Monday, June 22, 2009 - Posted by | African Americans, Black Community, Black Culture, Black People, Clarence Thomas, Life, Racism, Supreme Court, Thoughts

1 Comment »

  1. I guess I don’t even see why the argument was even allowed to get that far. It seems that the voting rights act was enacted, and doesnt seem to disenfranchise anyone by letting all people vote, since being a legally recognized adult that isn’t in prison or dead is pretty much all it takes to register. while I’m a State’s rights kind of guy, I really don’t see how this infringed on any state’s rights.

    On a side note, I somehow disappeared off the voting lists between the 2004 and the 2006 midterm elections. My “provisional ballot” didn’t count for anything more than a learning lesson for the volunteers working the polling station. My wife was on the list, but despite my place of residence, work, and everything else never having changed (with the exception of a few dollars difference in annual earnings) between those two points, I had been removed. I even showed them my voter ID card, my driver’s license, social security card, my security officer id card, my debit card, and 3 credit cards to prove who I was. So my wife got to vote that day in ’06, but i only got to do the dry run!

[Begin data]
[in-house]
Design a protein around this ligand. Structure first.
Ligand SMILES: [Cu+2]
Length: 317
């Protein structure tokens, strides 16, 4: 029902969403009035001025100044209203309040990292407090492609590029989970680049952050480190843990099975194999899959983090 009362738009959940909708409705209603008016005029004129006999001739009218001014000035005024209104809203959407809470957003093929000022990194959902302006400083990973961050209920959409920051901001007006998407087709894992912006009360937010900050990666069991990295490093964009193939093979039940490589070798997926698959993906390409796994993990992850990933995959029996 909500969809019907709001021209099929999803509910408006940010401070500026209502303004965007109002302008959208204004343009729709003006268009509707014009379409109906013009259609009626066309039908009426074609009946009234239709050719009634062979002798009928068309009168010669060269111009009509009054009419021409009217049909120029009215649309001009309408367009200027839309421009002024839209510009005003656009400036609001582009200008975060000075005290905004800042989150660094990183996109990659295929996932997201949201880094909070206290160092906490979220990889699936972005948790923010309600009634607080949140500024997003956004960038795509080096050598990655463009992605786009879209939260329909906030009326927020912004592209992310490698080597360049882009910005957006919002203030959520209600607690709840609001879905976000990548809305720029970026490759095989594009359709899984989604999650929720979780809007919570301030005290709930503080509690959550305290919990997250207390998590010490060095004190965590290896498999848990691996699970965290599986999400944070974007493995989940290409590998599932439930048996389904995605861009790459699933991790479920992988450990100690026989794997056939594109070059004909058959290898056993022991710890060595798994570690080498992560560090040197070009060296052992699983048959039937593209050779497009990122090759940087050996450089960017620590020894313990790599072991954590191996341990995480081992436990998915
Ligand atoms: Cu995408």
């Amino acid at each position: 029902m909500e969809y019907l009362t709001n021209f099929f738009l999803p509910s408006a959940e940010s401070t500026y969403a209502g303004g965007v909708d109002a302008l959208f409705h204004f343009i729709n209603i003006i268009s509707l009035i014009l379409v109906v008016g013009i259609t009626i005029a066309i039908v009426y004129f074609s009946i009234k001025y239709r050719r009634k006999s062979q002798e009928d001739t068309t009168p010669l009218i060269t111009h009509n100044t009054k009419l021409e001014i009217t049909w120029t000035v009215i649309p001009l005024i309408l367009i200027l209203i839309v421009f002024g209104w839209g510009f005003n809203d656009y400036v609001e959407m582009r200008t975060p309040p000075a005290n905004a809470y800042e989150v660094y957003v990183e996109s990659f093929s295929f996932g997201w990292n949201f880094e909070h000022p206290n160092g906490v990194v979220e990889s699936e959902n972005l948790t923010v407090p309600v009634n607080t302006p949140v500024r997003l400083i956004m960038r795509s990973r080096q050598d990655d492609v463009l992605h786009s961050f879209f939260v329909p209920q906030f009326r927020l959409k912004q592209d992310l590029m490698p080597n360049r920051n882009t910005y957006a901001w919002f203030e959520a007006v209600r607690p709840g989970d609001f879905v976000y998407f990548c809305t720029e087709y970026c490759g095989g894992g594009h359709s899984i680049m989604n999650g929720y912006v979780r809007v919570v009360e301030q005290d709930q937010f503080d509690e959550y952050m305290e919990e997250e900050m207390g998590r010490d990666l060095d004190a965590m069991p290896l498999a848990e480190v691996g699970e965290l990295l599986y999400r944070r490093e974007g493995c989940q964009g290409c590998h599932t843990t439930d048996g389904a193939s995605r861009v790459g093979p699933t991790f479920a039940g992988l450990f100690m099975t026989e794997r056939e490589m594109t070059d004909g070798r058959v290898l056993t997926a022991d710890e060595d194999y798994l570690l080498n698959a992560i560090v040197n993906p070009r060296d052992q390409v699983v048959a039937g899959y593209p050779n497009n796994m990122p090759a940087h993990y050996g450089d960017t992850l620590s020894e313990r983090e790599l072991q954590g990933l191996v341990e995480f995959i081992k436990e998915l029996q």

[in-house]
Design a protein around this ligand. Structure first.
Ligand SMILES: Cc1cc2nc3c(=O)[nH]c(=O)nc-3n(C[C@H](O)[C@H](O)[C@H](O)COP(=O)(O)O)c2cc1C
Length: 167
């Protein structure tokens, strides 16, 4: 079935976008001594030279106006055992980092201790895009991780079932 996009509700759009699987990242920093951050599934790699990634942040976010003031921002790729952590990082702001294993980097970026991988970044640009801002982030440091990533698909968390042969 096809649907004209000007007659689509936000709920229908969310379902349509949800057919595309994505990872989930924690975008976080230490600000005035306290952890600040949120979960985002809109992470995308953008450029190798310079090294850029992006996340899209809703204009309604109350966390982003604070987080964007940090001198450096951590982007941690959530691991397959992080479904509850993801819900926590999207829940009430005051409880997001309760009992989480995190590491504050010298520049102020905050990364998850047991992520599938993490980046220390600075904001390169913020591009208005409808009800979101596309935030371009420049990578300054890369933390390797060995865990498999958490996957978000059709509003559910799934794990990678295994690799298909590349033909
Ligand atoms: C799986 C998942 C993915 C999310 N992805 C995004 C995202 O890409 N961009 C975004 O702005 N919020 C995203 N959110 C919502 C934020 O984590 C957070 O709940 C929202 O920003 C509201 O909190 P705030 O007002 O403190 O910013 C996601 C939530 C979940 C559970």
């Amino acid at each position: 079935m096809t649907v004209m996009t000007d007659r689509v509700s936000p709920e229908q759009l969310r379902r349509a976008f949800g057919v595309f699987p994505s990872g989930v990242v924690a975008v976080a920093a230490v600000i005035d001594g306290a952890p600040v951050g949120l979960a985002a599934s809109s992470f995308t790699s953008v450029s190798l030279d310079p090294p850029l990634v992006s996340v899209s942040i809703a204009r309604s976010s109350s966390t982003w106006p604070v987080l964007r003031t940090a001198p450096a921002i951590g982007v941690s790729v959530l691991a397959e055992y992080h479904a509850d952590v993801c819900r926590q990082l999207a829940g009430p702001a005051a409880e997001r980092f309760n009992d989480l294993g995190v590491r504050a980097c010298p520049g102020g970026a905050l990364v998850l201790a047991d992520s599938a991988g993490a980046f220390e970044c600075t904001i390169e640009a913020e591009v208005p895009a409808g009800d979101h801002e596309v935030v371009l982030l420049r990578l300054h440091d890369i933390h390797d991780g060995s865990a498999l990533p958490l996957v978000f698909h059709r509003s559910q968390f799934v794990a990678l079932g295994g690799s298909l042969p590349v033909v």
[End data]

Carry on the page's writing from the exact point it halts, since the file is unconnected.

I joked to a democrat friend of mine that he probably put the plan of action behind a vast left wing conspiracy to alienate me since I had voted for Bush in the 04 election and the election commissioner was of the democrat party. He of course retorted that after years of a vast right wing conspiracy, they were going tit-for-tat, and I was one of the odd men out! LOL

    Comment by Mike Lovell | Tuesday, June 23, 2009 | Reply